Inclusion of ethics matters in the undergraduate medical curriculum
In the past, ethics was often given short shrift in the Indian MBBS curriculum, and consigned to a few forgotten pages in textbooks of forensic medicine. These mostly dealt with legal ethics; clinical and research ethics hardly ever found their way into classroom teaching. Students were expected to imbibe lessons in ethics from their seniors and learn to solve medical ethical dilemmas on their own. Unfortunately, all too often, their role models fell short of their expectations and there was a chasm between what was preached and what was practised (3).
Nevertheless, there have been glimmers of hope with formal ethics teaching being introduced in institutions like the St John's Medical College in Bengaluru (4) and universities like the Rajiv Gandhi University of Health Sciences (RGUHS) and the Maharashtra University of Health Sciences (MUHS). As I write, a mammoth churning exercise is being carried out on the directive of the Board of Governors at the Medical Council of India (MCI), with several structural modifications being envisioned in the undergraduate and postgraduate curricula. Against this background, this paper takes a look at the place accorded to ethics and professionalism in the Indian medical education scenario. Further, it outlines the various steps involved in developing an ethics curriculum and tries to identify the key points which need to be borne in mind while doing so.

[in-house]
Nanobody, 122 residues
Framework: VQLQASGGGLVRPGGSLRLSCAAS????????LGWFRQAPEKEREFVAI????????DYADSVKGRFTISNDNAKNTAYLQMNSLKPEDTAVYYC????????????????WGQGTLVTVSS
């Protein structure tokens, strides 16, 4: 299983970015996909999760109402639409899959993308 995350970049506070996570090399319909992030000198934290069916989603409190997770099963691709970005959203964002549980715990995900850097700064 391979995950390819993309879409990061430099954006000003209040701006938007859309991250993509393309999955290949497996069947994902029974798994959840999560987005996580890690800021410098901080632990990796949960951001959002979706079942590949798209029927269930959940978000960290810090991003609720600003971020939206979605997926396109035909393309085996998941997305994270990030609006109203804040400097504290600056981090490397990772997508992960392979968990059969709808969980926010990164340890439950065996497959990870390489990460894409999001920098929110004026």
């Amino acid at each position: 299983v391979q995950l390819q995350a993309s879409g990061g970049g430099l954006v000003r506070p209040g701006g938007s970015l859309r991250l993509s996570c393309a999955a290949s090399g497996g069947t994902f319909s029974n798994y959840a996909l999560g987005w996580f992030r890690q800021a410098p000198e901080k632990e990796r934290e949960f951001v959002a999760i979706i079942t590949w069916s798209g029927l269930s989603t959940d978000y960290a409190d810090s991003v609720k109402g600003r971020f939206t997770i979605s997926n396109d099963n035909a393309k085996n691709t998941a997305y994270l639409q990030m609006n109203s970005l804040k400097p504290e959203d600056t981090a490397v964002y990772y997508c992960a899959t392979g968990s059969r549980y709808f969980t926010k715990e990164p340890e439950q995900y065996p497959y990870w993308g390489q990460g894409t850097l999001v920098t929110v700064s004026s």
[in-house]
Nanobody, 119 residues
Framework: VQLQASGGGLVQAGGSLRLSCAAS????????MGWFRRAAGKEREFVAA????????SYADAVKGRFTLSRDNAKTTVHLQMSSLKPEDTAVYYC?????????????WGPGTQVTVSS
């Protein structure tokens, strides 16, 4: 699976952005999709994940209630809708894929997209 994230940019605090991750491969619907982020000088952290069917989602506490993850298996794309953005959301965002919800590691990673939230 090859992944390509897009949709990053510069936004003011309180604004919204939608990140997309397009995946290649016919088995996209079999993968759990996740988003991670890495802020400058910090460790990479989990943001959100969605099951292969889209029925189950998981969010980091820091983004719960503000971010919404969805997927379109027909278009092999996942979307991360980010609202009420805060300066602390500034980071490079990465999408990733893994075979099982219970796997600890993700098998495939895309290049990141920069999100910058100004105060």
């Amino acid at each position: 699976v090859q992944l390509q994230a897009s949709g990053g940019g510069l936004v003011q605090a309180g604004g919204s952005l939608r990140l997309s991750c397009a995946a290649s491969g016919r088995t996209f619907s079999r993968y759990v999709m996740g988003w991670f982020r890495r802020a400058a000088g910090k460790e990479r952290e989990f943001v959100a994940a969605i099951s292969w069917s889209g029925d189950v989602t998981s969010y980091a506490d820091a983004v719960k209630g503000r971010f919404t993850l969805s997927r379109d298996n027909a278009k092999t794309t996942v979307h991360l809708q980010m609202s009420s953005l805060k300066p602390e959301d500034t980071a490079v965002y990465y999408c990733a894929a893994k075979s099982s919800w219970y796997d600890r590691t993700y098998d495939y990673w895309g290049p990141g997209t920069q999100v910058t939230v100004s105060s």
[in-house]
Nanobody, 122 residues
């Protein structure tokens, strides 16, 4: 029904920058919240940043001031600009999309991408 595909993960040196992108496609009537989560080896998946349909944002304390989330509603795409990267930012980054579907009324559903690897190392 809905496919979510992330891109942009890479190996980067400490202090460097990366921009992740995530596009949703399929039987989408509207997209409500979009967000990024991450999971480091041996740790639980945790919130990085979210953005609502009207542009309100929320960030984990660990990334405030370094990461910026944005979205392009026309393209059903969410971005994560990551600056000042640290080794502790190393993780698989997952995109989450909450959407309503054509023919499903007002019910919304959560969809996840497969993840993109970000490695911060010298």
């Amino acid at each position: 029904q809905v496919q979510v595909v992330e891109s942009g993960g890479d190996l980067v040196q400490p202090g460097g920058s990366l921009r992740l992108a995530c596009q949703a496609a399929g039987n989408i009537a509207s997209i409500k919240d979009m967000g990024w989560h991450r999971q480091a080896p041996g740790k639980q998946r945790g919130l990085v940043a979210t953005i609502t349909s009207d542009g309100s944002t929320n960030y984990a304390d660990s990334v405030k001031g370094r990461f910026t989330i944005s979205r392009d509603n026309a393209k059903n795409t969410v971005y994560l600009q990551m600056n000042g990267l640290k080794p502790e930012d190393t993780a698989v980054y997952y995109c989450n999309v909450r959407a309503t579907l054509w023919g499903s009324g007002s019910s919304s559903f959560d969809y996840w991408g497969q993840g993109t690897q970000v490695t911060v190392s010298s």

What does MCI's Vision 2015 document propose?
The Vision 2015 document (5) which proposes reforms in the undergraduate and postgraduate curriculum was released by the Medical Council of India on March 29, 2011. Among the many changes recommended to restructure the existing curriculum are plans to "integrate ethics, attitudes and professionalism into all phases of learning" to "enable the Indian Medical Graduate to function professionally and ethically".
For the first time, a Foundation Course is being planned right at the beginning of the course. This two-month long course will include elements of ethics, professionalism and communication skills besides giving students an orientation to national health policies, health economics, computer skills and an overview of anatomy, physiology and biochemistry. The document also outlines plans to introduce early clinical exposure at the primary care level with a focus on communication, clinical skills and professionalism.